However, in practice, BMU boundaries are customarily congruent with the boundaries of Landscape Units (LU) due to the availability of the spatial and attribute data necessary for setting the BMU strategy. The strategy, and, therefore, the recommended treatment options, is selected after consideration of the status of the outbreak in the BMU (LU) and the estimated feasibility of achieving specific objectives inherent in the BMU strategies. The use of LUs (or other similar administrative or topographic boundaries) is a logistical shortcut that avoids the chore of revising BMU boundaries each year.   However, BMU strategies usually need to be revised annually based on the most recent annual overview survey. The estimated levels of red attack are used as a guide to the levels of expected green attack prior to any ground surveys.

Can existing BMU boundaries be modified?

Yes, the boundaries can be modified to incorporate units with similar strategic objectives but the BMU should contain a minimum of 15,000 ha of the susceptible host (see general criteria below).

Can BMUs for different bark beetle species be different?

Yes, as described above, the BMU boundary encloses a homogeneous unit of susceptible timber type and infestations that can be assigned the same management objective.  A suppression BMU for Douglas-fir Beetle (IBD) can look very different from one for mountain pine beetle (IBM) due to the distribution of the two main hosts.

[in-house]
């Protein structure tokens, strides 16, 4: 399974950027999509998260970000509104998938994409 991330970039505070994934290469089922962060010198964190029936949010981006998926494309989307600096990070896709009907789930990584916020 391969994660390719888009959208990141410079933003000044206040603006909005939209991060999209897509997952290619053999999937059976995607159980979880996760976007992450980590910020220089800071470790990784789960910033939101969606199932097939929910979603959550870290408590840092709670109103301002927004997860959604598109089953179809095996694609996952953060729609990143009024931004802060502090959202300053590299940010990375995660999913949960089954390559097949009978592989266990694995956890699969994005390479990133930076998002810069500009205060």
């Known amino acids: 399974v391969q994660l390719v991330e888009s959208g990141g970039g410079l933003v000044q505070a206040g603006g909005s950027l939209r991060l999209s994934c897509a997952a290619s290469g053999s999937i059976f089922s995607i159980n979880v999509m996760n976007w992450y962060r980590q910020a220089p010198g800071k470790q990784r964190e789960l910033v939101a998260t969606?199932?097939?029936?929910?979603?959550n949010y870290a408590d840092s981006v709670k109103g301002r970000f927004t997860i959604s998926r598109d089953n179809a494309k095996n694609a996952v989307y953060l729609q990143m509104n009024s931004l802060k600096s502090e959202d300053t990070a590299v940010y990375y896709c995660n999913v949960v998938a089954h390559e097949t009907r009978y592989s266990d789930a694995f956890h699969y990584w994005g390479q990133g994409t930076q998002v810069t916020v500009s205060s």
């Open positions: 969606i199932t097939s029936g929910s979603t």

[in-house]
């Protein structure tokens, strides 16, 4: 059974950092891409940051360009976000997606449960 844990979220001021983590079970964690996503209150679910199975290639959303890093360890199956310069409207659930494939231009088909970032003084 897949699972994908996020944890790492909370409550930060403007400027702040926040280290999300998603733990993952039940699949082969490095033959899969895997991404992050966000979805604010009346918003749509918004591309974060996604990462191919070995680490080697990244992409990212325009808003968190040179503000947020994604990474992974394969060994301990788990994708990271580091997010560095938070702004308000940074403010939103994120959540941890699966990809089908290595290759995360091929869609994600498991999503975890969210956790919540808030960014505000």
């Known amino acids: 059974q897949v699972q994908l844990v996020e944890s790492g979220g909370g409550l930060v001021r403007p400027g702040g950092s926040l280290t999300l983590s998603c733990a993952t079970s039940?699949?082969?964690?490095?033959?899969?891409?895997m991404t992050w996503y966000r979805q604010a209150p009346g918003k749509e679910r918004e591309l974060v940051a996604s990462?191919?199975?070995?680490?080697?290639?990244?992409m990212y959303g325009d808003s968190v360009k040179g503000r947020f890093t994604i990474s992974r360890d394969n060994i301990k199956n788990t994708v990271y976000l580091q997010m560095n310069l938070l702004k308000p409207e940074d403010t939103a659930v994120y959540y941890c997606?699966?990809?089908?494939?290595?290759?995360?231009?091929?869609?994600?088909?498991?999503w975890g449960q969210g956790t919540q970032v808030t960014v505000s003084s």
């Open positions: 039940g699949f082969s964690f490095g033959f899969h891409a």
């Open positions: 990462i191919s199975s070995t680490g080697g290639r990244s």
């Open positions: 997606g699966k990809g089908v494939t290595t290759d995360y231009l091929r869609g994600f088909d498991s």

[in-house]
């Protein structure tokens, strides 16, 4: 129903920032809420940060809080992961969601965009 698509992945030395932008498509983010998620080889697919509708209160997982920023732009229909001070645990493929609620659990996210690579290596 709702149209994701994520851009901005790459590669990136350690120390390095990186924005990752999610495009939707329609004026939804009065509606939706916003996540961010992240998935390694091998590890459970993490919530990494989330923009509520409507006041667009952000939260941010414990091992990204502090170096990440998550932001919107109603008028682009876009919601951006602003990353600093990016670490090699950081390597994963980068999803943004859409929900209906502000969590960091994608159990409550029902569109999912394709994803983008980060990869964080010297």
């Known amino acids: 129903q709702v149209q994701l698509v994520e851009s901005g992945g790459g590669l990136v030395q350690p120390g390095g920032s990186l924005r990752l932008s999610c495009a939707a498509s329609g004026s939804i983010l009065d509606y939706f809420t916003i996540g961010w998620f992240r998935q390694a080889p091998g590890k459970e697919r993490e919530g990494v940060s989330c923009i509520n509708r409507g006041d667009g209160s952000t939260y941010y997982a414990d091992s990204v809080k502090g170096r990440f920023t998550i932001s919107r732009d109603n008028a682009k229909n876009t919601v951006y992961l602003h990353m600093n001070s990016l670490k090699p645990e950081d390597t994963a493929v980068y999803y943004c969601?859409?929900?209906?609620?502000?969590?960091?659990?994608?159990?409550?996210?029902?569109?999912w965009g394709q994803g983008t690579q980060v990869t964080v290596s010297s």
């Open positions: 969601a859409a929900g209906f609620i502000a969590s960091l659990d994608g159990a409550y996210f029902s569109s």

How are the strategies influenced by adjacent outbreaks?

Some modification of the original principles behind BMUs may be necessary. Initial development of the various strategies was based on infestations arising and spreading in an area independently. In this current outbreak, there is a large influence imposed on some BMUs from adjacent or relatively near BMUs where large populations of beetles are dispersing over long distances to augment and increase local populations. This, obviously, may drastically alter the practicality of meeting individual BMU strategic objectives.